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Things to Consider when Getting Remarried at or near Retirement Age

 Posted on December 00, 0000 in Distribution of Assets

retirement age marriageStatistics show that gray divorce – divorce for people who are 50 years old or older – has doubled since 1990. 60 percent who will decide to give marriage a second try will not have any better luck than they did the first time.

Legal and financial advisers say there are steps that older couples can take to help their chances of having a successful marriage the second time around, including communication and a prenuptial agreement.

Especially of concern for people who are close to or already retired are finances. According to some studies, the majority of couples who are engaged fail to discuss their present and future financial situations with each other before they are married. Communication before marriage is essential. This can be especially critical for older people who have been saving all their lives for retirement, only to find out their new spouse has serious financial obligations they knew nothing about.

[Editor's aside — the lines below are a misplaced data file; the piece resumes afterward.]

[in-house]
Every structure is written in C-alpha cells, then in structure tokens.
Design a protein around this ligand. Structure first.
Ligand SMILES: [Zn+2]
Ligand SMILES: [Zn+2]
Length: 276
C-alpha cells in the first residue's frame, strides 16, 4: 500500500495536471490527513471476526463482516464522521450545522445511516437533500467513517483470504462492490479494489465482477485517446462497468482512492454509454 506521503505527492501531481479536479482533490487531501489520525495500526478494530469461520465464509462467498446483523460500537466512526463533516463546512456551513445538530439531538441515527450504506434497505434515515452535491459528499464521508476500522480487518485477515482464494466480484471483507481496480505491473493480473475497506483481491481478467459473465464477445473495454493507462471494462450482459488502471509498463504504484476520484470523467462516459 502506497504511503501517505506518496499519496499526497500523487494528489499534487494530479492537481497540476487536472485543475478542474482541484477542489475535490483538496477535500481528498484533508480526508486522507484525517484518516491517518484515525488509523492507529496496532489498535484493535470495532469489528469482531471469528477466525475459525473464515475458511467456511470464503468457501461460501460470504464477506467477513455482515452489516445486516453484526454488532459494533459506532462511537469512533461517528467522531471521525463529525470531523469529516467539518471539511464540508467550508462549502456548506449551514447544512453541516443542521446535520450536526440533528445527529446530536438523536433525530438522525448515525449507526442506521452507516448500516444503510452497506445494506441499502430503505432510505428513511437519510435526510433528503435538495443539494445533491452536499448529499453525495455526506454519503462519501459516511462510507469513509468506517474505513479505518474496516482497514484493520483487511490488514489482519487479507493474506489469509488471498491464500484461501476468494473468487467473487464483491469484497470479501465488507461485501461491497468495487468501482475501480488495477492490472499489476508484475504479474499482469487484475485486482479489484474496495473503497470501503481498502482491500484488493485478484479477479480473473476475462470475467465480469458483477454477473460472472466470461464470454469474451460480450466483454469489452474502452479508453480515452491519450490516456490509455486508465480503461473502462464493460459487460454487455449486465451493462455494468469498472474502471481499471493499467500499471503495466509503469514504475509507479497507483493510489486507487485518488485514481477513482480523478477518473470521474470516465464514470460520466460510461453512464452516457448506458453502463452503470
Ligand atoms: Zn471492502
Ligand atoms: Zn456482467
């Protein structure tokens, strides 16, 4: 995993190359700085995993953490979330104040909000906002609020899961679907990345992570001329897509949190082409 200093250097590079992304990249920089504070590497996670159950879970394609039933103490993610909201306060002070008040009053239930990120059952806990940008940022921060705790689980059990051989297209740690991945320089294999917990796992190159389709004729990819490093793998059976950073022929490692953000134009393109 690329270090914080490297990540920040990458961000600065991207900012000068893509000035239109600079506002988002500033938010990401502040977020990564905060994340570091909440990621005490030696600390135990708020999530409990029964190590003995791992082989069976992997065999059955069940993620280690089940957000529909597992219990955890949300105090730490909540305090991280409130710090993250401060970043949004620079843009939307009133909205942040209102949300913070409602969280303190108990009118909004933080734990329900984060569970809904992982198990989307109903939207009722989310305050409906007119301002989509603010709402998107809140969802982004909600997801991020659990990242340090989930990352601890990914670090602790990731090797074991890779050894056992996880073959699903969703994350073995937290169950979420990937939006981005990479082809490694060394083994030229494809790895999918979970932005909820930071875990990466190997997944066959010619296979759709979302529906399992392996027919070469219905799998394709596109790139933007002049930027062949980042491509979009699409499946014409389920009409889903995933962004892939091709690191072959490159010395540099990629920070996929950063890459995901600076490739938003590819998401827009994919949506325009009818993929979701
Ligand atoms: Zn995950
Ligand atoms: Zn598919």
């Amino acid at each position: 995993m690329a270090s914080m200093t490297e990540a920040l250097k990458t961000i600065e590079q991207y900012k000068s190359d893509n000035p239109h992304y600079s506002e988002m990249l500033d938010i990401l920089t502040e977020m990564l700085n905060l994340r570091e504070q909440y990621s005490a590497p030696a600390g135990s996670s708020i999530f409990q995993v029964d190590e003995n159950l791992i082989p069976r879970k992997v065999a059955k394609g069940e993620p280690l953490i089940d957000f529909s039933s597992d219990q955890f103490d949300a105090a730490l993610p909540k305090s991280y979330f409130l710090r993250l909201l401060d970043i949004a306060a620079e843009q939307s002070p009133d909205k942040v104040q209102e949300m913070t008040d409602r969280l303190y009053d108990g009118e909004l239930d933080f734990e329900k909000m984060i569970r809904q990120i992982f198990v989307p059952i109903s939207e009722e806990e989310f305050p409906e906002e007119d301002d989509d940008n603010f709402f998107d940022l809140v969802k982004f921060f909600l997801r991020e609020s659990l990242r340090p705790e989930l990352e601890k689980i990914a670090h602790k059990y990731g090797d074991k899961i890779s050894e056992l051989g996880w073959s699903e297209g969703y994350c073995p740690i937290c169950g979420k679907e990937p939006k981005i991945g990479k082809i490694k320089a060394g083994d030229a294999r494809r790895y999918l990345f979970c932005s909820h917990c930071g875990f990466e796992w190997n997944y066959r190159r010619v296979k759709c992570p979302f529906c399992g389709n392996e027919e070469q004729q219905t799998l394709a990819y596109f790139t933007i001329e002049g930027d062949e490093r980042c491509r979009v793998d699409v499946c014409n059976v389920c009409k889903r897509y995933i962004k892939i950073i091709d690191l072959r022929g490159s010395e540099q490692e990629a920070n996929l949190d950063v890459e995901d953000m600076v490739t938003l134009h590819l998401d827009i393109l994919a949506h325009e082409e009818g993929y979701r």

The number one reason cited as the cause of marriage breakups is finances. Future spouses should be sharing their credit reports with each other. It is important to know a future spouse’s past credit history and what debts he or she owes.

Another issue that many people overlook is changing their beneficiaries on retirement accounts, annuity funds and life insurance policies. When people get divorced, they sometimes forget to do change their ex-spouse’s name. When they remarry, if they pass away and have not designated the new spouse as beneficiary, the ex will receive those funds, even if there is a will stating otherwise. Beneficiary designation is legally recognized over will beneficiaries.

It is important to consider all facts before making the decision to adding a new spouse to the deed of a home, especially if there are adult children from the first marriage who are supposed to inherit that property. One suggestion is to not add the new spouse to the deed, but instead give him or her occupancy rights, which will end upon their death or remarriage.

One of the best things older couples can do before marrying is drawing up a prenuptial agreement which will clearly spell out any division of finances and property should the marriage break up. Prenuptial agreements are also something that couples getting married for the first time should also get.

If you are considering getting married, contact an experienced Arlington Heights family law attorney to discuss how a prenuptial agreement could benefit you and your future spouse, and what options you may have.
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